'IT is necessary that every employee should know what his defects are and how he could remove them. Past experience suggests that it would make for better efficiency and contentment of the public services if every reporting officer realises that it is his duty not only to make an ojective assessment of his subordinate's work and qualities but also to give him at all times the necessary advice, guidance and assistance to correct his faults and deficiencies. If this part of the reporting officer's duty is properly performed, there should be no difficulty about recording adverse entries which would only refer to detects which had persisted despite the reporting officer's efforts to have them corrected.'
(13) Various office memoranda show that the adverse entry is one which 'relare to a remediable or to an irremediable defect.' Illustrations of adverse comments of a general nature given are inefficiency, dialatoriness, lack of initiative or judgment etc.' These are 'shortcomings'. It is true that 'there may be cases where though the remarks in the confidential reports are not adverse in a strict or narrow sense, the effect of these remarks cummulatively on the service prospects of the officer are adverse (e.g. fall in standards of the officer's performance as compared to his past performance). In such cases, the attention of the officer should be specifically drawn to that fact, so that he could be alerted for improving his performance.'
(14) It is not the case of the appellant that the remarks 'not yet fit' for promotion were entered in his character roll and thereforee ought to have been communicated to him. The remarks 'not yet fit' do not relate to a remediable or irremediable defect. There is nothing adverse to the appellant in these words. They do not reter to detects in his character. All that was suggested was that the appellant should acquire more experience before lie can be considered for promotion. One becomes wise and skilful through experience Has not Shakespeare said. His years but young, but his expereinec old.' (Two Gentlemen of Verona Ii Iv 69).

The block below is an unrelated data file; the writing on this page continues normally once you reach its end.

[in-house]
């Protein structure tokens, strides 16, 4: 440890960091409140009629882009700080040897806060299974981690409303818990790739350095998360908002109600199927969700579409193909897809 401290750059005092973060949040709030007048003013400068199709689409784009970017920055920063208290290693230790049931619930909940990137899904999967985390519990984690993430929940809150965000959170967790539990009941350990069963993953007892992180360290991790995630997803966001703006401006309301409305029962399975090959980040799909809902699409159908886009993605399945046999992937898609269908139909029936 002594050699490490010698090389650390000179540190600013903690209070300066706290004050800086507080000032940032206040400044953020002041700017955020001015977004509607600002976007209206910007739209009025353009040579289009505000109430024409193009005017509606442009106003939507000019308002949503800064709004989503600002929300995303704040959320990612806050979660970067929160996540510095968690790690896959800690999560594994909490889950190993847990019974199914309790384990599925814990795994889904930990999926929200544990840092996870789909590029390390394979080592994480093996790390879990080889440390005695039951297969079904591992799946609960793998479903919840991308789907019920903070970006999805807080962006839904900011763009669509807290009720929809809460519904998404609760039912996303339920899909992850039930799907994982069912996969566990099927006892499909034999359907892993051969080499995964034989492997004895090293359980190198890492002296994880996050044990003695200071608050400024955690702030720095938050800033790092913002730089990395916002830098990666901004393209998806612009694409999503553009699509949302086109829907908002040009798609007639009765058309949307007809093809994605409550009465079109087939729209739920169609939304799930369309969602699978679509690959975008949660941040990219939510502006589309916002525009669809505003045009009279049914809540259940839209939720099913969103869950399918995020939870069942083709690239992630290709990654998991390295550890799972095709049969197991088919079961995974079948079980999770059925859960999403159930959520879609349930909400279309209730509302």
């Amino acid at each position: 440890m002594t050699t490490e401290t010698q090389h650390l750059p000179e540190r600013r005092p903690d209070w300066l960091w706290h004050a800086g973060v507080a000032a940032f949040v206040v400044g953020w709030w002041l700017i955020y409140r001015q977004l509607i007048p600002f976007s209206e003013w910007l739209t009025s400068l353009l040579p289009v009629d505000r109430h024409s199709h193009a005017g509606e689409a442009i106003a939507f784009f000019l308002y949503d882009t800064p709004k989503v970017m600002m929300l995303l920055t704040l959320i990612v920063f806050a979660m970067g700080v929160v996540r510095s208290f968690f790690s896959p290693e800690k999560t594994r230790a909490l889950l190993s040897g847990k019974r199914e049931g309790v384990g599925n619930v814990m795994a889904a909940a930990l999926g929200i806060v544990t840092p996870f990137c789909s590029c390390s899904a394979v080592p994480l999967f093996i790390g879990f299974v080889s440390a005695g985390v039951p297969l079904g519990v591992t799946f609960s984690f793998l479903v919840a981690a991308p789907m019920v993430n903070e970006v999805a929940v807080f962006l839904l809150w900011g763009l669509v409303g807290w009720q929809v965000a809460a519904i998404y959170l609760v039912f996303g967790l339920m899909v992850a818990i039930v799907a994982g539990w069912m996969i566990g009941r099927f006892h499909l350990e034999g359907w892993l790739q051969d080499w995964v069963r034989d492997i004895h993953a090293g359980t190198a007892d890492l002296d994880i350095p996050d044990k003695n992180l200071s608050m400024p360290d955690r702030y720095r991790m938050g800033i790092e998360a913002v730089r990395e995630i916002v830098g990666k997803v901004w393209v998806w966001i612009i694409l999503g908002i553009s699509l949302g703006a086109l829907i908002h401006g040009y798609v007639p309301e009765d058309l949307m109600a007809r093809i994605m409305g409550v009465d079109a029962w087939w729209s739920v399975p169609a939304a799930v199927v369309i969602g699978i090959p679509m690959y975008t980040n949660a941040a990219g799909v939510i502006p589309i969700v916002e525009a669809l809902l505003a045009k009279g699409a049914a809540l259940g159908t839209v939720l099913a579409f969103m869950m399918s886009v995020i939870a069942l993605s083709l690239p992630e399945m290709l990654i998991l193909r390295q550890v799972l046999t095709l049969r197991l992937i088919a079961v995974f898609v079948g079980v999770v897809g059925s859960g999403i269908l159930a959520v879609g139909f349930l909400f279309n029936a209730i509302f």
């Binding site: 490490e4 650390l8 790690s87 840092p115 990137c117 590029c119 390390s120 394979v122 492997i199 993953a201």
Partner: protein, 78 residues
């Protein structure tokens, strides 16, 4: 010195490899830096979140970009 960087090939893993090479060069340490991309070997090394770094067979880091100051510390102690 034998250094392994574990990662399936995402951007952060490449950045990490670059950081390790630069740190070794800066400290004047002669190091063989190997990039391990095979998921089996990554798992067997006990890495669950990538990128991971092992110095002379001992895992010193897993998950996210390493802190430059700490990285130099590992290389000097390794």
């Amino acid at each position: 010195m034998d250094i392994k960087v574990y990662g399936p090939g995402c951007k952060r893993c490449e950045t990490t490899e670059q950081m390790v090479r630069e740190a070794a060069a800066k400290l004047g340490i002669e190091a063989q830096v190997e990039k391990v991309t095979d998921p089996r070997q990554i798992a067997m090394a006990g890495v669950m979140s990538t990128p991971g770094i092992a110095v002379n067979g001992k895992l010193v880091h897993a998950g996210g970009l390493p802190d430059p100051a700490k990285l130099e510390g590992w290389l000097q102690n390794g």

(15) Very soon things improved. The report of the reviewing officer dated February 2, 1971 was that the appellant was 'fit for promotion immediately' because 'he has shown considerable improvement during the period under report.' In the report dated March 15, 1972 the reviewing officer found him 'fit' for promotion to higher grade. He said that the appellant ''has gained more useful experience.' In the light of the subsequent performance of the appellant we do not think that the reviewing officer intended to make any adverse remarks when he was saying that the appellant was 'not yet fit as he lacks experience. He has yet to know the complexities of purchase and with some more years of experience he may prove his worth to bold higher post.' The impression that the reviewing officer formed of the appellant was that he was 'an officer who has yet to get experience of a base officer to discharge heavier responsibilities.' There are the remarks of the Director Mr. lyengar. As the reviewing officer he recorded them on April 17, 1970. There were counlersigned by the Deputy Director General of Supply as the countersigning officer on April 23, 1973. At the end of the report in the performa in which these entries were made the following not appears: